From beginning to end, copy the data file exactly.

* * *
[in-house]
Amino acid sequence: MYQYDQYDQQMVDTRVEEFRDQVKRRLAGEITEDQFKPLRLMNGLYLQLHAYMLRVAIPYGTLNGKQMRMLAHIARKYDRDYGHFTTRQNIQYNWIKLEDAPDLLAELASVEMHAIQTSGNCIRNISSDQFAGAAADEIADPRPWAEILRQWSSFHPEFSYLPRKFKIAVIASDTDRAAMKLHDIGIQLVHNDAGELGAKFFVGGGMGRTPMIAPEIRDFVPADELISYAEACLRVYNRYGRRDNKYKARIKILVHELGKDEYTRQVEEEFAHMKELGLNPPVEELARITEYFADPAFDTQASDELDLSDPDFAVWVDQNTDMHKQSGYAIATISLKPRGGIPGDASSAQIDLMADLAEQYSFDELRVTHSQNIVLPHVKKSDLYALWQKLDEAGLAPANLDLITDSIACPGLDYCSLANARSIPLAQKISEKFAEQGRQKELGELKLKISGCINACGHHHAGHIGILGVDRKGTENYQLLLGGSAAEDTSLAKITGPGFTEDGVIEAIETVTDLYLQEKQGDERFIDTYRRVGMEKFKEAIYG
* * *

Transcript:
[in-house]
Amino acid sequence: MYQYDQYDQQMVDTRVEEFRDQVKRRLAGEITEDQFKPLRLMNGLYLQLHAYMLRVAIPYGTLNGKQMRMLAHIARKYDRDYGHFTTRQNIQYNWIKLEDAPDLLAELASVEMHAIQTSGNCIRNISSDQFAGAAADEIADPRPWAEILRQWSSFHPEFSYLPRKFKIAVIASDTDRAAMKLHDIGIQLVHNDAGELGAKFFVGGGMGRTPMIAPEIRDFVPADELISYAEACLRVYNRYGRRDNKYKARIKILVHELGKDEYTRQVEEEFAHMKELGLNPPVEELARITEYFADPAFDTQASDELDLSDPDFAVWVDQNTDMHKQSGYAIATISLKPRGGIPGDASSAQIDLMADLAEQYSFDELRVTHSQNIVLPHVKKSDLYALWQKLDEAGLAPANLDLITDSIACPGLDYCSLANARSIPLAQKISEKFAEQGRQKELGELKLKISGCINACGHHHAGHIGILGVDRKGTENYQLLLGGSAAEDTSLAKITGPGFTEDGVIEAIETVTDLYLQEKQGDERFIDTYRRVGMEKFKEAIYG